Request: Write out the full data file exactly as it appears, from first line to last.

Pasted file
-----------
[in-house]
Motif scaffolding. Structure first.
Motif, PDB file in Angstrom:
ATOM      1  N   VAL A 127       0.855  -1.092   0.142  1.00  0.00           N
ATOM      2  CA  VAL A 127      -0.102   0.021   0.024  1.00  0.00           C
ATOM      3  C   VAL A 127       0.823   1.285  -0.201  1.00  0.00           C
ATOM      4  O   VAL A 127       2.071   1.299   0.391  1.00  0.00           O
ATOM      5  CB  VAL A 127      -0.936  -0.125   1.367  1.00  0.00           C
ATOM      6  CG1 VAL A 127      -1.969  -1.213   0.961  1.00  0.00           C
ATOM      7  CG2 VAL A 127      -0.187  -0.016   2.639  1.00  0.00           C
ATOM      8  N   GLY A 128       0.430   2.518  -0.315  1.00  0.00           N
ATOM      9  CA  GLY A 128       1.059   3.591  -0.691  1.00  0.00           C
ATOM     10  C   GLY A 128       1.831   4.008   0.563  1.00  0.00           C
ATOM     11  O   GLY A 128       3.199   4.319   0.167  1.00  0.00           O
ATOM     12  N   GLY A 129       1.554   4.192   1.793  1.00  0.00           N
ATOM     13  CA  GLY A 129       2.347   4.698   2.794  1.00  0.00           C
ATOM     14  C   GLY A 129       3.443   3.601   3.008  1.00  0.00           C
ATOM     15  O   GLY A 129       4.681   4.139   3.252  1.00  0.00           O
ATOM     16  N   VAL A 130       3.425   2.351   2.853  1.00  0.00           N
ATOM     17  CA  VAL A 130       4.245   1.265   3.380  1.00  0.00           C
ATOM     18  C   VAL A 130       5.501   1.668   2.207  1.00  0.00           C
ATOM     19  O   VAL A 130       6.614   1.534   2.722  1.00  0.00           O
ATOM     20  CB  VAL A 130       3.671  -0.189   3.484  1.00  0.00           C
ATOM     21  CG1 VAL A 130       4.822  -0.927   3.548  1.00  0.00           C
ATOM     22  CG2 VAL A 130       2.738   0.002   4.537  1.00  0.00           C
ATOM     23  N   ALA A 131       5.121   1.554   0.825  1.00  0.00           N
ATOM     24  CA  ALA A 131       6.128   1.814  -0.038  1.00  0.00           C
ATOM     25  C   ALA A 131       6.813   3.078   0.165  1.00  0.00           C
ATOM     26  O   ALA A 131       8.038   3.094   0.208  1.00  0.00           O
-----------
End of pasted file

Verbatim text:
[in-house]
Motif scaffolding. Structure first.
Motif, PDB file in Angstrom:
ATOM      1  N   VAL A 127       0.855  -1.092   0.142  1.00  0.00           N
ATOM      2  CA  VAL A 127      -0.102   0.021   0.024  1.00  0.00           C
ATOM      3  C   VAL A 127       0.823   1.285  -0.201  1.00  0.00           C
ATOM      4  O   VAL A 127       2.071   1.299   0.391  1.00  0.00           O
ATOM      5  CB  VAL A 127      -0.936  -0.125   1.367  1.00  0.00           C
ATOM      6  CG1 VAL A 127      -1.969  -1.213   0.961  1.00  0.00           C
ATOM      7  CG2 VAL A 127      -0.187  -0.016   2.639  1.00  0.00           C
ATOM      8  N   GLY A 128       0.430   2.518  -0.315  1.00  0.00           N
ATOM      9  CA  GLY A 128       1.059   3.591  -0.691  1.00  0.00           C
ATOM     10  C   GLY A 128       1.831   4.008   0.563  1.00  0.00           C
ATOM     11  O   GLY A 128       3.199   4.319   0.167  1.00  0.00           O
ATOM     12  N   GLY A 129       1.554   4.192   1.793  1.00  0.00           N
ATOM     13  CA  GLY A 129       2.347   4.698   2.794  1.00  0.00           C
ATOM     14  C   GLY A 129       3.443   3.601   3.008  1.00  0.00           C
ATOM     15  O   GLY A 129       4.681   4.139   3.252  1.00  0.00           O
ATOM     16  N   VAL A 130       3.425   2.351   2.853  1.00  0.00           N
ATOM     17  CA  VAL A 130       4.245   1.265   3.380  1.00  0.00           C
ATOM     18  C   VAL A 130       5.501   1.668   2.207  1.00  0.00           C
ATOM     19  O   VAL A 130       6.614   1.534   2.722  1.00  0.00           O
ATOM     20  CB  VAL A 130       3.671  -0.189   3.484  1.00  0.00           C
ATOM     21  CG1 VAL A 130       4.822  -0.927   3.548  1.00  0.00           C
ATOM     22  CG2 VAL A 130       2.738   0.002   4.537  1.00  0.00           C
ATOM     23  N   ALA A 131       5.121   1.554   0.825  1.00  0.00           N
ATOM     24  CA  ALA A 131       6.128   1.814  -0.038  1.00  0.00           C
ATOM     25  C   ALA A 131       6.813   3.078   0.165  1.00  0.00           C
ATOM     26  O   ALA A 131       8.038   3.094   0.208  1.00  0.00           O